The Student News Site of University of Arizona

The Daily Wildcat

75° Tucson, AZ

The Daily Wildcat

The Daily Wildcat


UA professor receives tenure after plagiarizing student’s work

Susannah Dickinson, a professor who taught numerous architectural undergraduate and graduate courses, was formally admonished by the UA for plagiarism last year and recently received tenure.

The UA reprimanded her after an investigation into allegations that she plagiarized a graduate student’s master’s thesis and presented it as her own work; although, after the case she kept her position at the UA.

As stated in The Chronicle of Higher Education, UA provost Andrew Comrie said in a letter to UA’s President Ann Weaver Hart, “although Ms. Dickinson’s infraction was not necessarily severe, there is nevertheless a need to make her aware that research misconduct by its very nature is of serious concern and that it is treated as such by the University of Arizona.”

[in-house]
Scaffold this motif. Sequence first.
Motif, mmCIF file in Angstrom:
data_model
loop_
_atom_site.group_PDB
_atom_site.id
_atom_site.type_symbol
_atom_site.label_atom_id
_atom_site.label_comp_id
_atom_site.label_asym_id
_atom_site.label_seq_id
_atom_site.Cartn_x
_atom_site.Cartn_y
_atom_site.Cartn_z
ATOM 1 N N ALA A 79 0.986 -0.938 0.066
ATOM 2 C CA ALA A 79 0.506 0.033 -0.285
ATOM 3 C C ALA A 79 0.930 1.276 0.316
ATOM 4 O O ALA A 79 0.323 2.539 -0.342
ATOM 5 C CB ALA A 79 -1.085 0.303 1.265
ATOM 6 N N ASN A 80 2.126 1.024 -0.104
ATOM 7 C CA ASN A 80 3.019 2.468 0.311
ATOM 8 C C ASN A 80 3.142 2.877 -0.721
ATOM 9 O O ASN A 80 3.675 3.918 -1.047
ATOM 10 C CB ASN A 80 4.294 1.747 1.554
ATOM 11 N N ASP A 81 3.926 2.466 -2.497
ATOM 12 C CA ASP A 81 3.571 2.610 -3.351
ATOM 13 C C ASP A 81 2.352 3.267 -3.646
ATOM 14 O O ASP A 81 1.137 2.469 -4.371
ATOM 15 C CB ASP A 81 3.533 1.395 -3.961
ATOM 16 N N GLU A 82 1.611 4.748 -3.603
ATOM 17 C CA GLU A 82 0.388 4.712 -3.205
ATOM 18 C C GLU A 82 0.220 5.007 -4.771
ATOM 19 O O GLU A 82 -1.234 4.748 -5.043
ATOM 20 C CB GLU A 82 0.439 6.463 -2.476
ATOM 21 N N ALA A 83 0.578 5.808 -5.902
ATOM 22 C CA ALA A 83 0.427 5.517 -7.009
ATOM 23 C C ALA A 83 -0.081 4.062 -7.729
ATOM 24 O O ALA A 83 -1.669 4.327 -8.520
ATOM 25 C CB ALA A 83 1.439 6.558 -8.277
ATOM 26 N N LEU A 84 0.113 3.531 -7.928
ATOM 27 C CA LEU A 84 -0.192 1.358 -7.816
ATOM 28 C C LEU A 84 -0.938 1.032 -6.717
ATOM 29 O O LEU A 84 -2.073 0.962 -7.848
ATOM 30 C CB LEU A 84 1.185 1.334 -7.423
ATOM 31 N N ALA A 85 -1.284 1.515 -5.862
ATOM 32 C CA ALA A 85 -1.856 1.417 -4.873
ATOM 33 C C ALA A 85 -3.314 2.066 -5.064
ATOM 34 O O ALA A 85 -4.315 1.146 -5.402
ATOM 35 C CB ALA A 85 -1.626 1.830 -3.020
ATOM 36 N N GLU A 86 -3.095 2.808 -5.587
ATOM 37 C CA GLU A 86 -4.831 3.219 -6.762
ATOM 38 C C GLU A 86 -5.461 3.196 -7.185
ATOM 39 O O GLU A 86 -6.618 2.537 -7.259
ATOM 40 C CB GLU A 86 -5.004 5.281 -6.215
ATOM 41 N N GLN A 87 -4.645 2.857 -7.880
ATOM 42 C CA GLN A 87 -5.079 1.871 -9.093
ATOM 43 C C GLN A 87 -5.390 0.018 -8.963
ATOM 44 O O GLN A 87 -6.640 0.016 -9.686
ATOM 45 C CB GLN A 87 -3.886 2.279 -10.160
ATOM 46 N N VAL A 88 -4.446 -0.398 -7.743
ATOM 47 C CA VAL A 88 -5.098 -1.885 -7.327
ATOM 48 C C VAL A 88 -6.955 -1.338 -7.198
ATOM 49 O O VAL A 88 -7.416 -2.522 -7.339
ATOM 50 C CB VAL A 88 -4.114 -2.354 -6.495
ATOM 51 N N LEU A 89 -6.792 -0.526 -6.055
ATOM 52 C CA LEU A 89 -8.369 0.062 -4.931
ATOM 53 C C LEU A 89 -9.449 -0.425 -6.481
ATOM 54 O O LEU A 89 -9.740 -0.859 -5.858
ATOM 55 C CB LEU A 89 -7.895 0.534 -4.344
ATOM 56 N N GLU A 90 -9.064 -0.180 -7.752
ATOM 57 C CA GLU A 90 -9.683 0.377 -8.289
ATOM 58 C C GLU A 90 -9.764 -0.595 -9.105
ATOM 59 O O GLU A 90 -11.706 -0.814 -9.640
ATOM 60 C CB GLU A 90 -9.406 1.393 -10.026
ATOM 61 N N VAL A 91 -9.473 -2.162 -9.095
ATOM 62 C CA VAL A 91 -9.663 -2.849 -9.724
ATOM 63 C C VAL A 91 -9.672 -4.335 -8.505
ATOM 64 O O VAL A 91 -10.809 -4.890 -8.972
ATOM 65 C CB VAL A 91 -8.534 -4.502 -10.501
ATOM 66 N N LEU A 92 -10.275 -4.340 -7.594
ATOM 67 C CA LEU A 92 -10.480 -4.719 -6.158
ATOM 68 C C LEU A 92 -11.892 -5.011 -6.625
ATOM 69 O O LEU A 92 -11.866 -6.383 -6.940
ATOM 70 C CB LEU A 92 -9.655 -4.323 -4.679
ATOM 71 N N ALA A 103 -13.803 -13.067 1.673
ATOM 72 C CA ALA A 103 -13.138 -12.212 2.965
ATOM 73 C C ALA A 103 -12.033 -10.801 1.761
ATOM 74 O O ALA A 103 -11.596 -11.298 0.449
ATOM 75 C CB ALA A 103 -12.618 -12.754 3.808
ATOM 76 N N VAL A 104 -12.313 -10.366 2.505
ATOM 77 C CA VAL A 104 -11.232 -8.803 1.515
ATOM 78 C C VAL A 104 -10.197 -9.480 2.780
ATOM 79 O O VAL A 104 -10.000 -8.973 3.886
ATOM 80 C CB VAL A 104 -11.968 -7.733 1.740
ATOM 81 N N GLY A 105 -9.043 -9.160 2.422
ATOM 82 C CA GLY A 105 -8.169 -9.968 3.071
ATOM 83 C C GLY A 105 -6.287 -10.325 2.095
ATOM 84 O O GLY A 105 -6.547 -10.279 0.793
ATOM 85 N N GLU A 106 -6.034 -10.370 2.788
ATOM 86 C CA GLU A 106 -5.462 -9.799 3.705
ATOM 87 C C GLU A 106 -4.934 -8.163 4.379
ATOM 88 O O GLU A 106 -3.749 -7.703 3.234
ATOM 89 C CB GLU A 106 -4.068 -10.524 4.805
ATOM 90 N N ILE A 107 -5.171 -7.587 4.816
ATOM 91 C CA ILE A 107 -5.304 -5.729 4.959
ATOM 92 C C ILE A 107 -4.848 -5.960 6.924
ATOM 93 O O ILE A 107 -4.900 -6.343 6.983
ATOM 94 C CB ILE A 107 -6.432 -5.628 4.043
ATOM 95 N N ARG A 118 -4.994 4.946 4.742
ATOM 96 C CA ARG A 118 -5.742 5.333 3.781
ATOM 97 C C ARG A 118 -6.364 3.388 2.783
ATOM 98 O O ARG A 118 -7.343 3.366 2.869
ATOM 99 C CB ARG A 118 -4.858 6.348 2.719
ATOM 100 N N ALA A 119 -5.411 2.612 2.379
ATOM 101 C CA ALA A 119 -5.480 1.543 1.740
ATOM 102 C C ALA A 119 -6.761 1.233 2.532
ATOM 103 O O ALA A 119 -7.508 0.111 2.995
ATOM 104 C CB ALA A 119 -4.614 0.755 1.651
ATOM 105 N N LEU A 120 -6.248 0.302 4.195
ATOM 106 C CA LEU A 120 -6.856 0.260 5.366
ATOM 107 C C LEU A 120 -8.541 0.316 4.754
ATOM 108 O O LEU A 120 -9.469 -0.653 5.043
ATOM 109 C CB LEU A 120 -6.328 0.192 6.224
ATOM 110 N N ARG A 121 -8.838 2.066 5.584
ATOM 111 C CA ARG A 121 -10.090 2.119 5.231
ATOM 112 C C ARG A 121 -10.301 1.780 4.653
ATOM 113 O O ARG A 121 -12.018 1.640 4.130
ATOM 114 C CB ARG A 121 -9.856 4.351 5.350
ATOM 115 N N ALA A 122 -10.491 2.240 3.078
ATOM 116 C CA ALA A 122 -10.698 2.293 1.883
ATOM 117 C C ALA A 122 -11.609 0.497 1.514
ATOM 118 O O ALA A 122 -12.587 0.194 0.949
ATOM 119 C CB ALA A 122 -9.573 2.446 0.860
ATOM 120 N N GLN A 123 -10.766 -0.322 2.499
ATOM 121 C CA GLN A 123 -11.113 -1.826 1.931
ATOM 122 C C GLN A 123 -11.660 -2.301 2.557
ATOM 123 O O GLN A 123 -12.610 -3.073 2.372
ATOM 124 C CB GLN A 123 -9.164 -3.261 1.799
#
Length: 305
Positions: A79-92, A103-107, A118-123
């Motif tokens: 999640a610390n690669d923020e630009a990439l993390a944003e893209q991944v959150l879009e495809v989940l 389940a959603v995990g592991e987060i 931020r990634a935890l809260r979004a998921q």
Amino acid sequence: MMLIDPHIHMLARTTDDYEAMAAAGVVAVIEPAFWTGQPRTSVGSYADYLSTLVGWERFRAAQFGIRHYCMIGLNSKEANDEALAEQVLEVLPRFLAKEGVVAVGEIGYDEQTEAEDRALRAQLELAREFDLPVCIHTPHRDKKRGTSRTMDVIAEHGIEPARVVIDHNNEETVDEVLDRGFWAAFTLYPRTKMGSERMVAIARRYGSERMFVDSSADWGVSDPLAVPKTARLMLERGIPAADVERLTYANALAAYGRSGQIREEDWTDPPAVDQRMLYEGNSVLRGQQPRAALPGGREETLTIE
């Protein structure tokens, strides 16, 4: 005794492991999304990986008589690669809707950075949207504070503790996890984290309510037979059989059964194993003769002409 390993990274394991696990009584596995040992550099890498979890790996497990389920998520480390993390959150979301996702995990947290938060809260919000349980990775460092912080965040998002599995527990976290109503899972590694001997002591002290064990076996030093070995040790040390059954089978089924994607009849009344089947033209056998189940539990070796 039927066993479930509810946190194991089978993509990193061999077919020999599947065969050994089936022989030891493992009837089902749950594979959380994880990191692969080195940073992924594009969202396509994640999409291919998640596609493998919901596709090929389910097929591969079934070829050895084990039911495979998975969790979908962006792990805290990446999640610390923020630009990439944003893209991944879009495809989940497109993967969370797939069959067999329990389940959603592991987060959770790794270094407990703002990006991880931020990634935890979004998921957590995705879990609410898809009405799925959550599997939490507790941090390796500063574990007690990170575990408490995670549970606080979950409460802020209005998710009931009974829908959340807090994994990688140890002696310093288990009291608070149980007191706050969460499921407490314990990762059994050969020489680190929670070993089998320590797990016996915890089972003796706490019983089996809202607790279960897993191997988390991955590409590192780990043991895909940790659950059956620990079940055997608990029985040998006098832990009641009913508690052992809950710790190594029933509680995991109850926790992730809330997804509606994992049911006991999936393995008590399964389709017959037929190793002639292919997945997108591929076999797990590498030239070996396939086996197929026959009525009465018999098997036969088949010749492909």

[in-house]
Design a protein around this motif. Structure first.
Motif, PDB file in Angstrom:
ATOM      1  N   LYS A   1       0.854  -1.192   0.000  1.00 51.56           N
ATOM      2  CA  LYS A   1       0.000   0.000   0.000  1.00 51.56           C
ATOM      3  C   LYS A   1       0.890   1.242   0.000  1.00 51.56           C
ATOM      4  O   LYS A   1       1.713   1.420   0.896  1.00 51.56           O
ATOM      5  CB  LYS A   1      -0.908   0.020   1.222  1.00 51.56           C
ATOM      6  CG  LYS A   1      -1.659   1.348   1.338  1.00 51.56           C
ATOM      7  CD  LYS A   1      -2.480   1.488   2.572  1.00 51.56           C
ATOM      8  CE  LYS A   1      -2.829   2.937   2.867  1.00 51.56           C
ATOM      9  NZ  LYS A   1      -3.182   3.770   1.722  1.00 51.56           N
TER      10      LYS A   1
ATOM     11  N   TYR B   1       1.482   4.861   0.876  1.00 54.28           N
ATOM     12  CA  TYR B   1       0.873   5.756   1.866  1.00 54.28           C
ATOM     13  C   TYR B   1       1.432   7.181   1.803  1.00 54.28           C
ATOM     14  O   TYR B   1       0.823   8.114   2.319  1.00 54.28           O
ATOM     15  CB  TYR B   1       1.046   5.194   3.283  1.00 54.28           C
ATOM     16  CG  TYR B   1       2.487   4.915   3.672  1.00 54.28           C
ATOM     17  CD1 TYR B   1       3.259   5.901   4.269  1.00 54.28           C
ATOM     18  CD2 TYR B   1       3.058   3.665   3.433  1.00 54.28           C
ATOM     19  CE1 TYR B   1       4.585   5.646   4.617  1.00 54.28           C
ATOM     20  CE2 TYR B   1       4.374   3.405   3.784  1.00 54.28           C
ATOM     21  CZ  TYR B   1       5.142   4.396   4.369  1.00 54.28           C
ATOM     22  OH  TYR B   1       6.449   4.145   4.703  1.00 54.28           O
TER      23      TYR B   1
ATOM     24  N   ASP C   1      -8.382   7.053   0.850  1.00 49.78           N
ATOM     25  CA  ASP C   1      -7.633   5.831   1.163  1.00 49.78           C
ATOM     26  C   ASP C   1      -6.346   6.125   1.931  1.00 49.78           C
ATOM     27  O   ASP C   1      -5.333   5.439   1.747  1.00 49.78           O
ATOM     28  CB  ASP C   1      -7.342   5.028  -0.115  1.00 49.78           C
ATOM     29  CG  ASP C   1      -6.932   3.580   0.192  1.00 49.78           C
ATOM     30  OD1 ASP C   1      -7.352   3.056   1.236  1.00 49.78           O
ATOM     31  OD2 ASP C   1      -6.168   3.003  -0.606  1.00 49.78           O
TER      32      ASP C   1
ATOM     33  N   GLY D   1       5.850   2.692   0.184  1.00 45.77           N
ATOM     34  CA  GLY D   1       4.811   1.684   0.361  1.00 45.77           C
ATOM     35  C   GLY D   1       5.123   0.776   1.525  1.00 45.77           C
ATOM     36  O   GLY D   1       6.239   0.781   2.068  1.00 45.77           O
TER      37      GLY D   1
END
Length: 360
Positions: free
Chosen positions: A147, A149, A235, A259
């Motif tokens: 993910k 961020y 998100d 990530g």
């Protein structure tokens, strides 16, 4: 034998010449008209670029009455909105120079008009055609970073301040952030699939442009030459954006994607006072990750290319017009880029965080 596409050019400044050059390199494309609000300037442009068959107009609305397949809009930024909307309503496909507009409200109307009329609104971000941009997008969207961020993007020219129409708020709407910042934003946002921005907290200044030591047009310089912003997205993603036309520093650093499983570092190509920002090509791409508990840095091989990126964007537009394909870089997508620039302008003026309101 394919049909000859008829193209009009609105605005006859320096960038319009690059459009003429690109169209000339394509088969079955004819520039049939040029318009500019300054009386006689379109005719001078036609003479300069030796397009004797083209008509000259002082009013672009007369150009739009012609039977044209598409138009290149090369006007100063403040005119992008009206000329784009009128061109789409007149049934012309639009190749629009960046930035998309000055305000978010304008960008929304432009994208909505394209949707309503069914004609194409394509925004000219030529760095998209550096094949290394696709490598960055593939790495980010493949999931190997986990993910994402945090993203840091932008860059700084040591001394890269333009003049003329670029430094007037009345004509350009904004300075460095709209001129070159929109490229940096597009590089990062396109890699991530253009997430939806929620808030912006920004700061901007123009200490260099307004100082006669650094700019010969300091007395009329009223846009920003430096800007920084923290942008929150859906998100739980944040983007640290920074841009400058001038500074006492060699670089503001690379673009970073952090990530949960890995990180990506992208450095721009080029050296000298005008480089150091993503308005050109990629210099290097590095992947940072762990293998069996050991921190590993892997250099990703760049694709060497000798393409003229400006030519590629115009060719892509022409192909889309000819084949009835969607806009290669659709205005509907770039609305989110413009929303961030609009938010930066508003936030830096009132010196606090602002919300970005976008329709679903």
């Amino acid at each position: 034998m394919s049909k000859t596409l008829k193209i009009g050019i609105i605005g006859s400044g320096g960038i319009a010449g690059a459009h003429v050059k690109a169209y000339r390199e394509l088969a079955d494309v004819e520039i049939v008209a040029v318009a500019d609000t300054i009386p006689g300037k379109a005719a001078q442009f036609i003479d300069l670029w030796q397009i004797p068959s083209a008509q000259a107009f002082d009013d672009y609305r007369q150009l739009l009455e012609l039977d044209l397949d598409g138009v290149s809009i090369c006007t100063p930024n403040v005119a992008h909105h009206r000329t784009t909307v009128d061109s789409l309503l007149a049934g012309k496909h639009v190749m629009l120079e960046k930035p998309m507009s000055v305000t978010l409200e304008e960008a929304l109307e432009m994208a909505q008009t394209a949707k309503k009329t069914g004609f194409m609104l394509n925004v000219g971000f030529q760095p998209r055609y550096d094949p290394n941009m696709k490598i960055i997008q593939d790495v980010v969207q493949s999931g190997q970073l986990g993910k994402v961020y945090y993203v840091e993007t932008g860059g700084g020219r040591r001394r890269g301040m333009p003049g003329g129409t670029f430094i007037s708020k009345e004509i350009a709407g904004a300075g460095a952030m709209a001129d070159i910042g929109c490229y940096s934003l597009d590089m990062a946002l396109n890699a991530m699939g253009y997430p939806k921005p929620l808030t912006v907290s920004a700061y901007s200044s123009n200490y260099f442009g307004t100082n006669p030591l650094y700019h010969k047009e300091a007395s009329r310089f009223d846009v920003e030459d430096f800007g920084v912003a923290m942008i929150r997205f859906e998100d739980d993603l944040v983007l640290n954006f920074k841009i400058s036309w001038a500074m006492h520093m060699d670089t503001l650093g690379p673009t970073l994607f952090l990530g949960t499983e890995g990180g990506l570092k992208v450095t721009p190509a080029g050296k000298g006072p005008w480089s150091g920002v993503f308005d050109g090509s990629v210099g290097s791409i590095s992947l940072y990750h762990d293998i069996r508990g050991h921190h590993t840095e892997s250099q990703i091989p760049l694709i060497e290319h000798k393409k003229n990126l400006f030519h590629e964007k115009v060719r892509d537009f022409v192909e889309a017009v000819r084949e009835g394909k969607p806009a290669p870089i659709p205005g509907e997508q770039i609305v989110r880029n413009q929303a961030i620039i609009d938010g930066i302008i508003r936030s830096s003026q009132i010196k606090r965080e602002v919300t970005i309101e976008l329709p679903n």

Comrie asked UA employees to disregard talking to media, students and others about the case.

In 1992 the UA created a Science and Math Education Promotion & Tenure Committee to process a specific procedure when deciding to grant professor tenure. SEPTC interviews candidates for further evaluation and works to dissolve boundaries between teaching and research.

According to the Arizona Daily Star, due to internal and external evaluation through SEPTC, Dickinson was promoted to associate professor with a $5,000 raise that will give her an annual salary of $70,000. Details of why she received tenure are protected by UA administrators who say the information is kept by the state’s public university system.

Dickinson’s professional experience was led from her strong background of education in digital processes, parametric modeling, Building Information Model and digital fabrication that allowed her to explore the development of ecologically responsive environments. In 2014, she received one of three national New Faculty Teaching Awards from the Association of Collegiate Schools of Architecture.

“I don’t think it makes us look very professional,” said Michael Melitz, a history sophomore at the UA. “We are practically rewarding her for pretty much cheating by using a student’s work. Overall, I think it’s wrong.”

Follow Gabriella Vukelic on Twitter.

More to Discover
Activate Search